By Margarita Nahapetyan
Pregnant women should take 4,000 IU of vitamin D every day - 10 times more than doctors currently recommend - to decrease their risk of preterm birth and infections, according to a new study that appears to be the first to investigate the safety of high doses of vitamin D during pregnancy.
Current recommendations for daily intake of vitamin D during pregnancy range from 200 IU (international units) a day to 400 IU, the amount that can be found in the majority of prenatal vitamins. For many years, pregnancy specialists were concerned that too much consumption of vitamin D in pregnancy could result in birth defects, and under current guidelines anything that is more than 2,000 IU a day is still believed to be potentially dangerous for any person, not just future moms.
According to the researchers at Medical University of South Carolina in Charleston, 2,000 IU of vitamin D is not only safe during pregnancy, but making this dosage double may actually decrease the risk of developing undesirable complications. To come up with this conclusion, researchers studied 494 women who were between 12 and 16 weeks into pregnancy, and assigned them into three different groups. The first group of women received 400 IU of vitamin D per day until labor; women in the second group were given 2,000 IU of the vitamin; and, finally, the participants in the third group received 4,000 IU of vitamin D.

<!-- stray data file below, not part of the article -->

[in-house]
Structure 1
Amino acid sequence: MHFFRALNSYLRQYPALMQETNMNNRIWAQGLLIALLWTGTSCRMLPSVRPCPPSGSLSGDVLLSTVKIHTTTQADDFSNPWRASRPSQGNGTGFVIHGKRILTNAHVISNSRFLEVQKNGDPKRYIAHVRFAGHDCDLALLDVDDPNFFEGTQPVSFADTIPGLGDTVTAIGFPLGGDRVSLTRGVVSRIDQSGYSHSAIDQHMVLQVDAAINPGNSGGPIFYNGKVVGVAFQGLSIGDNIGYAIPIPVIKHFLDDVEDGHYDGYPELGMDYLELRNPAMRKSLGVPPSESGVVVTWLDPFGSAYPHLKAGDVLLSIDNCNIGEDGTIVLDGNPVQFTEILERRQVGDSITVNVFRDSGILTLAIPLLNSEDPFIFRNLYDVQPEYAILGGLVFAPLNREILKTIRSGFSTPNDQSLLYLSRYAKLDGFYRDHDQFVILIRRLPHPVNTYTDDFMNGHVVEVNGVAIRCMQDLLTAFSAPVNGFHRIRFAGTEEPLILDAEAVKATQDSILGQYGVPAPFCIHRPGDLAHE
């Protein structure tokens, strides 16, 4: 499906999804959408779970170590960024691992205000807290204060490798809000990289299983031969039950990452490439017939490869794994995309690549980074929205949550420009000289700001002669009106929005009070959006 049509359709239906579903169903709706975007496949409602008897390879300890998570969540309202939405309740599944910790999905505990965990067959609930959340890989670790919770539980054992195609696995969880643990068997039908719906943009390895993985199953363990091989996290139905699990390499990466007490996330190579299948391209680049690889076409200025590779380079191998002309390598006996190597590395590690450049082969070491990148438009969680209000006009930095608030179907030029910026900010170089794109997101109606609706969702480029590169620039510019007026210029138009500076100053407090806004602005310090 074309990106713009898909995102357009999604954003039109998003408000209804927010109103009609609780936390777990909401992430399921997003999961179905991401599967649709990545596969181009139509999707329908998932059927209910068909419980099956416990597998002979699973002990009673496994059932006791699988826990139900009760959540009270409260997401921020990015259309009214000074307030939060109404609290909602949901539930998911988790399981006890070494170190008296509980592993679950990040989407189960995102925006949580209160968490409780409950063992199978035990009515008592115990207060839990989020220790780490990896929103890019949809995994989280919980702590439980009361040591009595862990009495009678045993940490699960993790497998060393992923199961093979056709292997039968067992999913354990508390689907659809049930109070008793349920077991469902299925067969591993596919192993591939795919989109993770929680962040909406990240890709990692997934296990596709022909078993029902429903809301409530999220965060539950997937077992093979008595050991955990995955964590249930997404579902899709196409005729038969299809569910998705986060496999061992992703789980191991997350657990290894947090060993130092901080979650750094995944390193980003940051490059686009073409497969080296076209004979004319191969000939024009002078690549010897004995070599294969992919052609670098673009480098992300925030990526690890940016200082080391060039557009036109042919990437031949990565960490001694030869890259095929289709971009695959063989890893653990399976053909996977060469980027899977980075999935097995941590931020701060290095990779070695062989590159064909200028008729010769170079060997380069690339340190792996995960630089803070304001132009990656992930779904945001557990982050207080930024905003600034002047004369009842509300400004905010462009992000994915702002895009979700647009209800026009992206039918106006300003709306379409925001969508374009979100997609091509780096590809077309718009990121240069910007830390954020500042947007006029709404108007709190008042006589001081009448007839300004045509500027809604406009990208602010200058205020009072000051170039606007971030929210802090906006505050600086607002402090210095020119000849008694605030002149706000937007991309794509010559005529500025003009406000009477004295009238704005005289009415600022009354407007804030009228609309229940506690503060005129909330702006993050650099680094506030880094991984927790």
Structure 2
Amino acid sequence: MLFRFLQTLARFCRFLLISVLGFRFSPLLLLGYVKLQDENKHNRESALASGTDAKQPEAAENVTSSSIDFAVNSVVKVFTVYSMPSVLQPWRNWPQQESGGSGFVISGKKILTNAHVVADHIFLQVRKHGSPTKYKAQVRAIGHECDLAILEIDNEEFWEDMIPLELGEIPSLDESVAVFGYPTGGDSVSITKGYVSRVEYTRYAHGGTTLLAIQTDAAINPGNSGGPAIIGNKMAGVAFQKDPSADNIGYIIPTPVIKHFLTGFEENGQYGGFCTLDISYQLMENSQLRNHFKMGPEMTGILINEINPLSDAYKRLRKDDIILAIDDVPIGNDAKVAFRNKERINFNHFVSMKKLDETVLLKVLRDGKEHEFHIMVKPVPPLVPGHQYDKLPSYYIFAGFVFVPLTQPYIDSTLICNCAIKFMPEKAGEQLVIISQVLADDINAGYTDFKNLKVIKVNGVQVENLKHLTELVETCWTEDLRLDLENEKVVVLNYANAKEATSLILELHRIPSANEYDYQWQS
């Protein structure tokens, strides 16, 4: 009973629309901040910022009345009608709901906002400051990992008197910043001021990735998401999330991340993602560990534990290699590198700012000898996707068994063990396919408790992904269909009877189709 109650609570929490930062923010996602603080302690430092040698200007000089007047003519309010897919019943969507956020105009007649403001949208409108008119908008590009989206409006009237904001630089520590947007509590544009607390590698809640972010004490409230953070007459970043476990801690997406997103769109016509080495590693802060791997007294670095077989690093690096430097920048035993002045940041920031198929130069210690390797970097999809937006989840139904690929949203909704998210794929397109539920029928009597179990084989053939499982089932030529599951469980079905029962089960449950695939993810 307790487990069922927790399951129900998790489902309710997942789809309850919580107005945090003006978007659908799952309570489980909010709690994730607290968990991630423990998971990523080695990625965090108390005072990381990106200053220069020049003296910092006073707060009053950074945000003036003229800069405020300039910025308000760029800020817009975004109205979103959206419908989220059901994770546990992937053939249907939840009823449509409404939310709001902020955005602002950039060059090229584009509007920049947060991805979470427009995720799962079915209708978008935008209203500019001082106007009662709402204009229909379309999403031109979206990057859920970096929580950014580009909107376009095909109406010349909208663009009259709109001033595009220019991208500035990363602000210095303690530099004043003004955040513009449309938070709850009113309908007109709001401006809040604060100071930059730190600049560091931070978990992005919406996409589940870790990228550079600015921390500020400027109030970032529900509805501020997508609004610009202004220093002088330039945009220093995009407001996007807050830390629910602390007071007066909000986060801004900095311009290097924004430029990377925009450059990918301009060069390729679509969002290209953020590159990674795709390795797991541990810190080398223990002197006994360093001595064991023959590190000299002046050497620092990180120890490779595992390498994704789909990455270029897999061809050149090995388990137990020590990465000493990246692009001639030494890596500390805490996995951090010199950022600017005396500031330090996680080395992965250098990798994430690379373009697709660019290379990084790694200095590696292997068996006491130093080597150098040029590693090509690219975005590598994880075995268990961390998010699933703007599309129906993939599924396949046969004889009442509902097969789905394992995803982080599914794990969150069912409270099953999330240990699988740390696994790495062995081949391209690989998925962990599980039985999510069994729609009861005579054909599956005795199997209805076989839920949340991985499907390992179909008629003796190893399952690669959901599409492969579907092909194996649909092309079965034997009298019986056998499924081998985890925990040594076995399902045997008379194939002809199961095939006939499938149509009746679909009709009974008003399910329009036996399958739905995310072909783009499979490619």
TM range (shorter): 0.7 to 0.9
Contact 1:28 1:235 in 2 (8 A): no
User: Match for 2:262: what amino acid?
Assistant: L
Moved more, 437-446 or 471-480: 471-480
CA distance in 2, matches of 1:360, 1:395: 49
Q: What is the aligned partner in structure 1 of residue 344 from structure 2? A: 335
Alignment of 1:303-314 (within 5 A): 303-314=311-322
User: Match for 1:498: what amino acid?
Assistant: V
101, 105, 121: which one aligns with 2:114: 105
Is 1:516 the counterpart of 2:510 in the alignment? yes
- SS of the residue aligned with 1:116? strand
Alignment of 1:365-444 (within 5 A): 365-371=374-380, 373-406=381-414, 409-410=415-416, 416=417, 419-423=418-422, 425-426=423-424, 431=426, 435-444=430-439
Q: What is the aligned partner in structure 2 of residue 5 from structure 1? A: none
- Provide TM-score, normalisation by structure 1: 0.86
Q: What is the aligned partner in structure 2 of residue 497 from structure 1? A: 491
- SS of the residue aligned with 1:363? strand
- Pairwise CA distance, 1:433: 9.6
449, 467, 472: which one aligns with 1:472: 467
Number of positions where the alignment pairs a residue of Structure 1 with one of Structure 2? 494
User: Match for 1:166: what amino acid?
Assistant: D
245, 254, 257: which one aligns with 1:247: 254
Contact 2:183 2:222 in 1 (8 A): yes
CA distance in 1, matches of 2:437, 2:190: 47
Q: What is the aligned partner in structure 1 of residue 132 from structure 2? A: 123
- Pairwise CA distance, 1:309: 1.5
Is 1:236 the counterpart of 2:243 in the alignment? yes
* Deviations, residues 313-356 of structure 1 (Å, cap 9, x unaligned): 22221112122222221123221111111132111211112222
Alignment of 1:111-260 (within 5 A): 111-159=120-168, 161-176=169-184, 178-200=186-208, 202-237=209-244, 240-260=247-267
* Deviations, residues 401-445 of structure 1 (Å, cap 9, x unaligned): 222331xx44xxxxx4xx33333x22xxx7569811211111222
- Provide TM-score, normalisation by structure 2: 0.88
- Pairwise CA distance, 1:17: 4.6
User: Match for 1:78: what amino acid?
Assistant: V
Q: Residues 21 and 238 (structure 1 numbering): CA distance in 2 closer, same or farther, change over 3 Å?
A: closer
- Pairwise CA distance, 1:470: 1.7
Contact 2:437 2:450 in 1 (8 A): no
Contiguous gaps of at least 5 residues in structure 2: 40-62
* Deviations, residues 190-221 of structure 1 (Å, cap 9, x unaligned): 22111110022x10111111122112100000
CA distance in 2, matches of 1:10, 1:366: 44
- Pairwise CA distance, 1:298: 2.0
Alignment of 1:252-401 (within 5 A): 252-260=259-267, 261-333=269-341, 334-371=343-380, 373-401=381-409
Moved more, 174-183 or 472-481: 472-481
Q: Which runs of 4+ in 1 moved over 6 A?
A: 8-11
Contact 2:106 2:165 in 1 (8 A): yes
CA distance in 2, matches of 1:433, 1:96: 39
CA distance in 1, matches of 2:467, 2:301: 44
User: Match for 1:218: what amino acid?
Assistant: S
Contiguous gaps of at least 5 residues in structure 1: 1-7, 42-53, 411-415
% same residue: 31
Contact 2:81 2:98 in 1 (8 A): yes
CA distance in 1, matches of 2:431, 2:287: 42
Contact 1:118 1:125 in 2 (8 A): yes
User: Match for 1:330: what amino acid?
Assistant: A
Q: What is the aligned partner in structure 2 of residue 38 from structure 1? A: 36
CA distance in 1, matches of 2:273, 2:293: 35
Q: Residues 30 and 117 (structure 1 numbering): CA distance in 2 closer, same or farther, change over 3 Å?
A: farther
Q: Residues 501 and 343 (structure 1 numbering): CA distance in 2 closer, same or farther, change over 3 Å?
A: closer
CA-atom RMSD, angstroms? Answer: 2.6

All future moms were tested on a monthly basis, including calcium levels in their blood, to ensure that there were not experiencing any negative side effects from any of the prescribed doses. Their levels of vitamin D before the trial were the same. Neither the participants nor the investigators were aware of what dose of vitamin D they were taking during an experiment, which makes it a "blinded," randomized controlled study whose methodology is considered the gold standard of medical science.
The results revealed that the women who were given the highest dose of vitamin D were 50 per cent less likely to experience any problems including premature birth, gestational diabetes, infections and pre-eclampsia (a sudden increase in blood pressure and protein in urine that can be dangerous for both mothers and their babies), when compared to the ladies who were taking the lowest dose of the vitamin.
Future mothers need to take 4,000 IU of vitamin D every day, said one of the authors of the study, Dr. Bruce Hollis, Ph.D., the director of pediatric nutritional sciences at the Medical University of South Carolina. "We did not see a single adverse effect. It was absolutely safe, and we saw a lot of improved outcomes. The risk of preterm labor was vastly decreased and so was the risk of other complications of pregnancy," Dr.Hollis concluded.
The results of the new study were presented last week at the annual meeting of the Pediatric Academic Societies in Vancouver, British Columbia.